Take the 2-minute tour ×
Stack Overflow is a question and answer site for professional and enthusiast programmers. It's 100% free, no registration required.

Look at this example

The html does not respect min-width as long as we have float:right in the CSS rules

.right {
    float:right;
    background:blue;
    min-width:400px;
}

If removing the float:right or changing it to float:left, then the html element will not be narrower than the min-width.

How we can use min-width for an element floated right?

Screenshot: As commented by some fellas, this is what I see on the latest version of Chromium on Debian.

enter image description here

As you can see the left side of the div including its content is invisible (in other words, outside the visible part).

share|improve this question
1  
I see it fine in the latest Chrome on Mac. –  Pedro Estrada May 1 '13 at 12:50
    
Even I see it fine on Chrome on iMac –  Anil May 1 '13 at 12:51
1  
perfectly working on firefox 20 –  rajesh kakawat May 1 '13 at 12:51
    
@PedroEstrada I added a screenshot to show my problem. –  All May 1 '13 at 12:55
    
It worked correctly for me too, latest Chrome on Win 8. –  user1823761 May 1 '13 at 12:56

2 Answers 2

up vote 1 down vote accepted

The right-floated div is doing just what it is told to in the original example: it is remaining at least 400px wide. If the viewport is reduced to less than 400px, part of the div is obscured, because it's not allowed to get any narrower than 400px. So the question is, what behavior do you really want here? Perhaps what you really want here is a non-floated wrapper element that has a min-width of 400px?

EDIT: Here's an example of how a non-floated wrapper will make it work:

<!DOCTYPE html>
<html lang="en">
<head>
<meta charset="utf-8">

<style media="all">
body {
    background:red; 
    margin: 0; 
    padding: 0;
}

.wrap {
    background:#e7e7e7; 
    min-height: 600px; 
    min-width: 400px;
}
.right {
    float:right;
    background:blue;
    min-width:400px;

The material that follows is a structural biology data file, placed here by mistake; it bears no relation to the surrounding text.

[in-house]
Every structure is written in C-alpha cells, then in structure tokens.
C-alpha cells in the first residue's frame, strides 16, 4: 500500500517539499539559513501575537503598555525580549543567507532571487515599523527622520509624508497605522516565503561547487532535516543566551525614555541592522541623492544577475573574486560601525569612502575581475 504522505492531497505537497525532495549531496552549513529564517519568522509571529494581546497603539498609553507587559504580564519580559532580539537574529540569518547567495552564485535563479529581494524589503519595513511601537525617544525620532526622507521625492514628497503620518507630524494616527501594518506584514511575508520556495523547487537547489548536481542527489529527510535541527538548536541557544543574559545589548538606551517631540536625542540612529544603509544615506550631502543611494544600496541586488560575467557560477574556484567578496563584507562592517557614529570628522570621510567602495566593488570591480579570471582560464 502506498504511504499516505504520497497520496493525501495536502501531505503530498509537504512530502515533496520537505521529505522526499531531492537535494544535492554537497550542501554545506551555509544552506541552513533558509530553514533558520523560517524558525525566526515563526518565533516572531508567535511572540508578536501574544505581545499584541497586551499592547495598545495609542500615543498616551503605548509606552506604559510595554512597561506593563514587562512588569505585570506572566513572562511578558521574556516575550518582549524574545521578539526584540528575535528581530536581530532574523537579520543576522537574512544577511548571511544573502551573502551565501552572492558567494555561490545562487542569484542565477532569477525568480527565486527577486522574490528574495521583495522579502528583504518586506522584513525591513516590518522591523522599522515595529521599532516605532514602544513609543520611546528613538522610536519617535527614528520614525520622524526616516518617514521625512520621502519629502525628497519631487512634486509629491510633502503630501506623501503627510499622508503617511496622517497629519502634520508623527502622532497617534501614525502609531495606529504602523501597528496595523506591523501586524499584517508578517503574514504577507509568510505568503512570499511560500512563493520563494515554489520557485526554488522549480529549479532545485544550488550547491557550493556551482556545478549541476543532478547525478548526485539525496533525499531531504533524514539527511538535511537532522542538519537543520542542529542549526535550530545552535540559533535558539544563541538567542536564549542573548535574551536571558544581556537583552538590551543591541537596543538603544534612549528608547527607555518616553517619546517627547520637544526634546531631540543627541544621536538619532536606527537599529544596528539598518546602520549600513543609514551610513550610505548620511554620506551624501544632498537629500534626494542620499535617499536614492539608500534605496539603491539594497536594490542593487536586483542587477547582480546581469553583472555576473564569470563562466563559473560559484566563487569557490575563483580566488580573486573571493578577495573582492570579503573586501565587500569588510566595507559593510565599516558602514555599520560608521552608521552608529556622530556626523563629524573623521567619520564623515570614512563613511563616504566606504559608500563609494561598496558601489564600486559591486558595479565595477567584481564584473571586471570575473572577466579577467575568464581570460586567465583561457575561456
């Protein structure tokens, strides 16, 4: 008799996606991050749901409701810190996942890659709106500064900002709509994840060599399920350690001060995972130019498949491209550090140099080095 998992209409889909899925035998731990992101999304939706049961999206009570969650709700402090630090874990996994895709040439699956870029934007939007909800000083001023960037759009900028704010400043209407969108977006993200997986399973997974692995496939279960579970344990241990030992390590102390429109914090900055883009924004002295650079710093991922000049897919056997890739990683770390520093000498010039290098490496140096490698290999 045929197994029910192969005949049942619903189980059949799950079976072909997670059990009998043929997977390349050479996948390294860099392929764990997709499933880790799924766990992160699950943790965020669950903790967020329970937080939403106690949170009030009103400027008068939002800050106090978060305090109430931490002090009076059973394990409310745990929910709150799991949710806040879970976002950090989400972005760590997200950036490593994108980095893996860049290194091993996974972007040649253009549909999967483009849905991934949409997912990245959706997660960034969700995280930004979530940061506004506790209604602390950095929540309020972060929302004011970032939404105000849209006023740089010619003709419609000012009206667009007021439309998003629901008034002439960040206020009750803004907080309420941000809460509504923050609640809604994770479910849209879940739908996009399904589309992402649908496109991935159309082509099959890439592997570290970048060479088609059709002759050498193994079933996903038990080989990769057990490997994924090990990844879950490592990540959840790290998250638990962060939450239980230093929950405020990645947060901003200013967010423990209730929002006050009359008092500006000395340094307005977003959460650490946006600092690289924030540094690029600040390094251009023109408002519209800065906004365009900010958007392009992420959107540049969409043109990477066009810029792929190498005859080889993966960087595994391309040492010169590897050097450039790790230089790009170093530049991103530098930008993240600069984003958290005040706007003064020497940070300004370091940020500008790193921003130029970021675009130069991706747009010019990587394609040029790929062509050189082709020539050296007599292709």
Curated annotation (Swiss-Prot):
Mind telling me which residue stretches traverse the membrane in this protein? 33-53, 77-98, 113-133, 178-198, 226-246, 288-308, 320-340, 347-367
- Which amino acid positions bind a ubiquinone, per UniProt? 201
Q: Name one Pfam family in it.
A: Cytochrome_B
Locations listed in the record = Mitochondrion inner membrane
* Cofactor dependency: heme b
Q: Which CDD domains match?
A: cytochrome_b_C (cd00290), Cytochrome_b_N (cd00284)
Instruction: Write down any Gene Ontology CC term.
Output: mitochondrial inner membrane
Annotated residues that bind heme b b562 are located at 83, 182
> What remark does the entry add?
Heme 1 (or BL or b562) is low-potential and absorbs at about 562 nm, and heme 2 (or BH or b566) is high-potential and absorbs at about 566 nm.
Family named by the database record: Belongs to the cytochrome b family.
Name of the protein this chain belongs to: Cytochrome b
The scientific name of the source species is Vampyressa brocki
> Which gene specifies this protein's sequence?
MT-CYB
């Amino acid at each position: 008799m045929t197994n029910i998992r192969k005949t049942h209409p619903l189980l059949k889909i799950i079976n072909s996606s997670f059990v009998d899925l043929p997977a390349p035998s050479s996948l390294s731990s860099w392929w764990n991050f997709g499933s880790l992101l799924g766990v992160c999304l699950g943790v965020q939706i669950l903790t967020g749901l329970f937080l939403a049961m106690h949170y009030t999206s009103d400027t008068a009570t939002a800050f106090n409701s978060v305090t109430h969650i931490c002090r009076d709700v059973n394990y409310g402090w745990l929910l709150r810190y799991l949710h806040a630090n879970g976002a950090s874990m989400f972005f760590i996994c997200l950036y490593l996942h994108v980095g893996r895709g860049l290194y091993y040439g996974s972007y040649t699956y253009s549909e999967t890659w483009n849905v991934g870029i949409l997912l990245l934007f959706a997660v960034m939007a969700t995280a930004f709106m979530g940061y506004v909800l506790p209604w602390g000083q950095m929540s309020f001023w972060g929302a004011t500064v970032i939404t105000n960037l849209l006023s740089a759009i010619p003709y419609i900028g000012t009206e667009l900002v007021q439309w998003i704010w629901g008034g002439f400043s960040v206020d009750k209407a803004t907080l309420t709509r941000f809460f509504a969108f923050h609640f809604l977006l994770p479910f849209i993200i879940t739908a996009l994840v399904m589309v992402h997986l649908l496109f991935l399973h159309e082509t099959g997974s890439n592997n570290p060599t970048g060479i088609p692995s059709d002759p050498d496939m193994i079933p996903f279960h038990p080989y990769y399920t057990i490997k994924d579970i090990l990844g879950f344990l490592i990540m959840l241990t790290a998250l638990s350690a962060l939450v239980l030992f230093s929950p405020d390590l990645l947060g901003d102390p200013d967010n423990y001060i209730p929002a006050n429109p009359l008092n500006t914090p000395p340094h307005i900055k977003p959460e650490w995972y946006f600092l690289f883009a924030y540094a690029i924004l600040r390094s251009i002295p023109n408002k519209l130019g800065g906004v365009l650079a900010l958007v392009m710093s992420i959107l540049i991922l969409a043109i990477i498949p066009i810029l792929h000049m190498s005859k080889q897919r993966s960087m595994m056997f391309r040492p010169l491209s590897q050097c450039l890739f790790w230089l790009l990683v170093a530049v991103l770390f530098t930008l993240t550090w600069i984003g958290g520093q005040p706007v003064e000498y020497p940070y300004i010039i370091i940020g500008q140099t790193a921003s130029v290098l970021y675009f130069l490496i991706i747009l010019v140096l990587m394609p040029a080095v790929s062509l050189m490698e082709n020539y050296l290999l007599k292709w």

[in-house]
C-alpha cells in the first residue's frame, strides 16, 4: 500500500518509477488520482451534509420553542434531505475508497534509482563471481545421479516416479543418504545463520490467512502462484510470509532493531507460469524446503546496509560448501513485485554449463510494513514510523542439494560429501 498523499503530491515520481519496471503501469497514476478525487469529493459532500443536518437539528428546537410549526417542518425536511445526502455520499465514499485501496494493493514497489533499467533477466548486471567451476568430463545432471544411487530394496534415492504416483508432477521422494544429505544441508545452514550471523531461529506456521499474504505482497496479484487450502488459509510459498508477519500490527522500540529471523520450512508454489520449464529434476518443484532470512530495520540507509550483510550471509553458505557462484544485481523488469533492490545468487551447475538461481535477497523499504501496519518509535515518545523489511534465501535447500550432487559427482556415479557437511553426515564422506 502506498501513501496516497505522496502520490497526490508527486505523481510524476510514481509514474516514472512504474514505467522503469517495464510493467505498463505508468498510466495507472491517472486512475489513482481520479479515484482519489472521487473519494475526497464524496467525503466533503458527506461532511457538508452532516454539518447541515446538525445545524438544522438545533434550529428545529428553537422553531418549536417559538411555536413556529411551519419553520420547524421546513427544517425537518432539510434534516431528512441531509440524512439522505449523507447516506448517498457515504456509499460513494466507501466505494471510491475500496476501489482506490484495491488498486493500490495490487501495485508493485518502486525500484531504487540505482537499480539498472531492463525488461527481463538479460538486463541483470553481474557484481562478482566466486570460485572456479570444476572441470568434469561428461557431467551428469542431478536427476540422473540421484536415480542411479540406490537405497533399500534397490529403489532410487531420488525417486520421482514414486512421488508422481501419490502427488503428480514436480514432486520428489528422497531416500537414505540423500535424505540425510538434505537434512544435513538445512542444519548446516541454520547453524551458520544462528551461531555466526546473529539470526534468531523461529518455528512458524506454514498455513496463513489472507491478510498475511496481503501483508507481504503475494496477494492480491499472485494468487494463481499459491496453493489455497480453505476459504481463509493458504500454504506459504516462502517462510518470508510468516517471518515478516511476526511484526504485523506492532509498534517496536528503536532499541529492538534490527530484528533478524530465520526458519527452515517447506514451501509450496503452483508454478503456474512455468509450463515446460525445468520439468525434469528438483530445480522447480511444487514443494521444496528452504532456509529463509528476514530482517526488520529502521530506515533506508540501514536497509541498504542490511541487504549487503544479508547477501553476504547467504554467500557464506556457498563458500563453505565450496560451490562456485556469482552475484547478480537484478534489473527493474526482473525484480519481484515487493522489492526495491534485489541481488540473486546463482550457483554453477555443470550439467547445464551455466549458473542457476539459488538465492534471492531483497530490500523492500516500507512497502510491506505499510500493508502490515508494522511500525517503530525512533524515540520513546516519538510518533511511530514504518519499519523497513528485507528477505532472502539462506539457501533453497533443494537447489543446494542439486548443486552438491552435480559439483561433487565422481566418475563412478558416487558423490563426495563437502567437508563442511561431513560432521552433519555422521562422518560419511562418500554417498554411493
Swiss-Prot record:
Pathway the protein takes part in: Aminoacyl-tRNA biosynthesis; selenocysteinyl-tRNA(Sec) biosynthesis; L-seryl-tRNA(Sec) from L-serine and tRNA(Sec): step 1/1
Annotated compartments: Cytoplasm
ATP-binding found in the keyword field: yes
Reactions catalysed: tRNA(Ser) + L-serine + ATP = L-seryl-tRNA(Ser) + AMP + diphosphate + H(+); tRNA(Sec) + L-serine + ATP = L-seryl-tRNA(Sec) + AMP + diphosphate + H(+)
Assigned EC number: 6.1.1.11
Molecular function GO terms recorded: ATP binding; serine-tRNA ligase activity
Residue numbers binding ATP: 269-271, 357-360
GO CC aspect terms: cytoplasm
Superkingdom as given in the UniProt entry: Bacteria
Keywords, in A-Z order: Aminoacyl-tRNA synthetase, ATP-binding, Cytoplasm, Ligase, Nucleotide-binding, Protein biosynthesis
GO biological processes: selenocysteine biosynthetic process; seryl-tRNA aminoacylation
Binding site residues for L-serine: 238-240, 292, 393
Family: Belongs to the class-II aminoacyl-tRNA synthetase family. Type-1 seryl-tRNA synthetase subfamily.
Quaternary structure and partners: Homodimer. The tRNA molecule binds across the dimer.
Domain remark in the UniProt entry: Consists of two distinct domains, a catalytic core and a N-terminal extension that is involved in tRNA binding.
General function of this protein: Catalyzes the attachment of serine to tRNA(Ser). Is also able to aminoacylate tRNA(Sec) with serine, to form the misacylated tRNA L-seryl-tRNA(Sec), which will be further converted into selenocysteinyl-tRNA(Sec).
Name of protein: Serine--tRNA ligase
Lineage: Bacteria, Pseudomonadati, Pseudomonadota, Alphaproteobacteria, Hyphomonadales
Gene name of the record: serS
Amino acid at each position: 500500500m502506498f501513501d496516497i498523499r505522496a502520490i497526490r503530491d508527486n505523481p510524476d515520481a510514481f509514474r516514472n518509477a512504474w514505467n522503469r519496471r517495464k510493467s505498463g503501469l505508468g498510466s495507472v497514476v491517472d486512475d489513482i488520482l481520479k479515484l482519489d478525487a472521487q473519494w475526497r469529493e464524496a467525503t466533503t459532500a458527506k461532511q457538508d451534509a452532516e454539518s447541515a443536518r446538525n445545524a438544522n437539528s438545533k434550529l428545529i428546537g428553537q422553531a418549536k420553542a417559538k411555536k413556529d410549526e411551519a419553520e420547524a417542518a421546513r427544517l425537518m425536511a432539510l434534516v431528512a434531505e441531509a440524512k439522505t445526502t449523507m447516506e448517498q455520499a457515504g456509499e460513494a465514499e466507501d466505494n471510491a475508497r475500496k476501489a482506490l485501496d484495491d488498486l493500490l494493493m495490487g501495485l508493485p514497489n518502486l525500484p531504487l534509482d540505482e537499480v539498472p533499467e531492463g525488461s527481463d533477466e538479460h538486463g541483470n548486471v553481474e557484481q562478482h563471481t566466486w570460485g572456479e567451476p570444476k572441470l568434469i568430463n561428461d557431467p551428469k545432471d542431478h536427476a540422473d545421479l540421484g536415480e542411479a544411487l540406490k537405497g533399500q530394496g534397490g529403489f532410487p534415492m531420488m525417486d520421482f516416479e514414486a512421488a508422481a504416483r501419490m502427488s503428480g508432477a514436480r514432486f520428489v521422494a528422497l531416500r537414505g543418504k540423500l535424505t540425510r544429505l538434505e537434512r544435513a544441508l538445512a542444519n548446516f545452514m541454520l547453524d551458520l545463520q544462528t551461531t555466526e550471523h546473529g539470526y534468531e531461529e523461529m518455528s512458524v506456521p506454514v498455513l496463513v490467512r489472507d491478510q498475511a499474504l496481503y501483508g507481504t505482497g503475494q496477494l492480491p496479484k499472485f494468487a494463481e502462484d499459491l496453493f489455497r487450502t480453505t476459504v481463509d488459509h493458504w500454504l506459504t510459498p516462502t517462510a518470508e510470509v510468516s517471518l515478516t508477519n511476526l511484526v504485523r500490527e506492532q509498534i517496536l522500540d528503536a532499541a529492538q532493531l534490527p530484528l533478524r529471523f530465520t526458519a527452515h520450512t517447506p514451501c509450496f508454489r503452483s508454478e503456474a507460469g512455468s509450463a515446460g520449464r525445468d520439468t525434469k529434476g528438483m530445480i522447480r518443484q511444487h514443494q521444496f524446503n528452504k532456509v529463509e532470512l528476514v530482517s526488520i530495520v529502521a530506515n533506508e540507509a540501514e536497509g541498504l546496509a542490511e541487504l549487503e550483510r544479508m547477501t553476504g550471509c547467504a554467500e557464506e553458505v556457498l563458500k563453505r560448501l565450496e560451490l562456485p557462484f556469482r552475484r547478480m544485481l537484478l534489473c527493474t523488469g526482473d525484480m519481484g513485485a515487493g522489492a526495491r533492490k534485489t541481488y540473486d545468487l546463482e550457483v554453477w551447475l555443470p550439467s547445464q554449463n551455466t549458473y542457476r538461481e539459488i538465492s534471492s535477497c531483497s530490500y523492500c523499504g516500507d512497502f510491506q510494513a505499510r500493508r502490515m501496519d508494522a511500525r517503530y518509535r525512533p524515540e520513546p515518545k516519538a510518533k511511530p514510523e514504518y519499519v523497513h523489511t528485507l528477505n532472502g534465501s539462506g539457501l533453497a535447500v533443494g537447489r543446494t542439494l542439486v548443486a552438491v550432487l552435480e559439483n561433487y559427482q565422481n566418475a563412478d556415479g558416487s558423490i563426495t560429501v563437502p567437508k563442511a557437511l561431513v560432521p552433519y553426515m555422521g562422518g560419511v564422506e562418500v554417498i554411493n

}
</style>

</head>
<body>
<div class="wrap">
    <div class="right">
    TEST
    </div>
</div>

</body>
</html>

The wrapper could of course be colored red. I just made it gray so it was easy to see.

share|improve this answer
    
When reducing the window width to less than 400px, I expect horizontal scroll to make the entire div visible, like the case of float:left. –  All May 1 '13 at 13:16
    
The browser will never scroll left of X co-ordinate 0. –  Quentin May 1 '13 at 13:29
    
I've updated my post with an example of how to do it with a non-floated wrapper element. –  ralph.m May 1 '13 at 13:30
    
very subtle solution! –  All May 1 '13 at 14:17

div is a block level element, by default it will take up 100% space..

Alternatively if you want to see only 400px element instead of 100% width you can use display: inline-block, or specify a fixed width to it.

Demo

Note: If you don't want to use display: inline-block; you can just keep it the way it is, if you minimize the window, you'll see a horizontal scroll bar so if you think that using min-width will only show element with a width of 400 px than you are wrong, it is min and not max

share|improve this answer
1  
When you make float a block element, it acts as inline-block element, so there is no need to explicitly make element as inline-block. –  user1823761 May 1 '13 at 12:56
    
@Mojtaba Exactly, but I just made that to explain him :) –  Mr. Alien May 1 '13 at 12:56
    
It is not matter of using inline-block, I need to use float:right, as I want to display the div on the right side (when the window width is much larger than the min-width. –  All May 1 '13 at 12:58
    
@All Ya so you can use it safely, there's no issue –  Mr. Alien May 1 '13 at 12:59

Your Answer

 
discard

By posting your answer, you agree to the privacy policy and terms of service.

Not the answer you're looking for? Browse other questions tagged or ask your own question.